I’ve seen a few articles recently about the things hospitals and physician offices are doing in an effort to raise their patient experience scores. Valet parking, full service espresso bars and the like are popping up everywhere. Nice features, to be sure, but is that really what we’re talking about? What if we work in an older building that isn’t so pretty? Are we doomed?
We’ve all heard the bit about seeing the glass half-full as opposed to half-empty, right? It’s supposed to give us some insight as to whether we are optimists or pessimists, whether we choose to see things in life as possibilities or problems.
What if I told you there was another option?
What if instead of trying to decide if the glass if half full or half empty, we instead looked around to find someone who might be thirsty?
This is how I choose to see things in life. It’s not about optimism or pessimism; it’s about seeing what’s available and finding someone who needs it. It’s about helping. It’s about looking outside ourselves and sharing an act of kindness with another.
This kind of approach to life led me to a career in the ‘softer’ side of healthcare. It’s not the glass of water, itself, that should be the focus. It’s what we do with that glass of water that matters. If we are in a position to share that water with someone who needs it, we should. It doesn’t matter if it’s only half a glass. A thirsty person will appreciate it.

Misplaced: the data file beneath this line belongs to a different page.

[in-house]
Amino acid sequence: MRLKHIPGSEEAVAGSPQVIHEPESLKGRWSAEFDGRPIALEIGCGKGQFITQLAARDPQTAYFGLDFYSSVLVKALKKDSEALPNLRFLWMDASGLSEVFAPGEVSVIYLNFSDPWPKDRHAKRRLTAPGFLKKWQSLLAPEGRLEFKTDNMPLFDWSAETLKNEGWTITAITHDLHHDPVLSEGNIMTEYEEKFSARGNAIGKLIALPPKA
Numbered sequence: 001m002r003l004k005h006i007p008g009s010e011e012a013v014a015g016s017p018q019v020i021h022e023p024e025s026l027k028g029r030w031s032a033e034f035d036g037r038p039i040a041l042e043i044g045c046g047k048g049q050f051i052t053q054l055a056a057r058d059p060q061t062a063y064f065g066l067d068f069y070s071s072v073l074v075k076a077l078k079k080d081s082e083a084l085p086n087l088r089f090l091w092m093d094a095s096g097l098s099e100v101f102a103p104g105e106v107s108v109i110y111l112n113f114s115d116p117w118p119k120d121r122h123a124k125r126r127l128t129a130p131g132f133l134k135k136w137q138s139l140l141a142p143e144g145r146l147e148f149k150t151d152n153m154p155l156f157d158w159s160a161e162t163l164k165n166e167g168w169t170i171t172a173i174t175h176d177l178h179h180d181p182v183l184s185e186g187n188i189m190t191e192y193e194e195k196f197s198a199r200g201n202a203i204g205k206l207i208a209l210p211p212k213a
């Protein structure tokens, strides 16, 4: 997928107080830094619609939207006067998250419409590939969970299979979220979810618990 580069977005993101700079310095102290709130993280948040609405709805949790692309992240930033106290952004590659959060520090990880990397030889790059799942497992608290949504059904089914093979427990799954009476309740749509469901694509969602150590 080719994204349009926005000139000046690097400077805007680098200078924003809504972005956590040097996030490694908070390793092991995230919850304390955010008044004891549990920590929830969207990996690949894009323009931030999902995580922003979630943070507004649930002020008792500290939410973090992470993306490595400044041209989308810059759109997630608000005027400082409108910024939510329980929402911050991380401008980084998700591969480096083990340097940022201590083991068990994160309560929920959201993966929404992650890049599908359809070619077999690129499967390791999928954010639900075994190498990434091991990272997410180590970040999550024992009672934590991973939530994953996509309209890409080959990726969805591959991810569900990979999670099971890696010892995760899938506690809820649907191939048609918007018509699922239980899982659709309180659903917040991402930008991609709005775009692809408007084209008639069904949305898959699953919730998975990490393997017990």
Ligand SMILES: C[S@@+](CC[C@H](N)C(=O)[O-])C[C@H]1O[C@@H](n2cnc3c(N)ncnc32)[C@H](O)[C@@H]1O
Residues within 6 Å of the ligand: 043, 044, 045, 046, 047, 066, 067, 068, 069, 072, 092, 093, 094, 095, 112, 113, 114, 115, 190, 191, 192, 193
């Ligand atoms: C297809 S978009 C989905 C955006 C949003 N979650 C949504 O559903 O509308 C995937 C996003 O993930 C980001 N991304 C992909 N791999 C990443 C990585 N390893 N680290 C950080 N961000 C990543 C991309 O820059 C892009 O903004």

The patient experience movement isn’t about perfection and prettiness, it’s about connection. Physicians, nurses, medical techs, call center workers, front desk receptionists, etc., all have rough days, days they feel they just don’t have enough gas in the tank to make a patient’s experience perfect. They’re tired, they’re stressed, they’ve just been yelled at by the last patient.
But taking just a moment or two to connect, to really listen, find a way to ease a little bit of suffering… that’s what the patient experience movement is about. The harpist in the lobby, the gorgeous waterfall feature, the perfectly appointed private room… those are all nice, but they’re not what makes the biggest impression on patients. Patients want to be heard, cared for, listened to.
I used to work in a hospital that was in desperate need of a make-over. It was surrounded in that market by other hospitals that were absolutely gorgeous. But people drove miles out of their way, past those fancy lobbys and tuxedoed food service workers to come to our hospital where they were treated with kindness, compassion and dignity.
Our glass was definitely half full. We didn’t look nearly as pretty as they did. But we took our half full glass and offered it to those who needed it.
Recognize that what you have, even if it isn’t perfect, may be exactly what someone else is thirsty for. Don’t worry if it isn’t filled to the top. The act of kindness in sharing with someone is what matters.
Are you optimistic? Pessimistic? How about empathetic or compassionate?